Whether you planted too closely, had spotty germination or water washed seeds together, you can easily transplant direct-sown seedlings from one part of the bed to another.
The problem: seedlings are in tight clumps
As you can see above, these zinnias that were direct-sown into the garden bed are growing too closely together. As the seedlings continue to get bigger, the tight clumps will be too crowded and won’t cover the area evenly and may even cause the plants to suffer. Good news is, this problem can be remedied by thinning and transplanting for better garden bed coverage.
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How to fix it: thin and replant seedlings
There are just a few simple steps to fix seedling clumps in the garden. Moisten the soil, then use a soil knife to carefully dig up all the roots of some of the seedling clumps in order to thin and replant them. Gently seperate the seedling clumps that you dug up, and replant them into areas that don't have any seedlings. Once they’re spread out and evenly spaced, they’ll grow better to cover your garden bed.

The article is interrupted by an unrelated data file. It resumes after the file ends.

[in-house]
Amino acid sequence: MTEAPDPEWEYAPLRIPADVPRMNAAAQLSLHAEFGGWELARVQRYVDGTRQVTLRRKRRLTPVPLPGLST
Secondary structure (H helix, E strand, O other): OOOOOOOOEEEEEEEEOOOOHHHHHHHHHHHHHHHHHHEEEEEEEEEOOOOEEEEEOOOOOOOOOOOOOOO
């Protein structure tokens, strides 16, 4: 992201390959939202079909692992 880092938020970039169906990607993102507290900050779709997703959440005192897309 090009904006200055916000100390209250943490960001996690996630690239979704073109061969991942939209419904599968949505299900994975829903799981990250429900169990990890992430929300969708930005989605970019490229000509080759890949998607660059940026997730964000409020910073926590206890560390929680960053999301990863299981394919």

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The results: a fuller garden bed
Here you can see how the garden bed of zinnia's filled in later in the season to form a carpet of color. If the clumps of seedlings would have been left as is, this even coverage of plants wouldn't have been achieved. So next time you find yourself with unevenly sown seeds, just follow these simple steps to thin and replant for lush and beautful garden beds.
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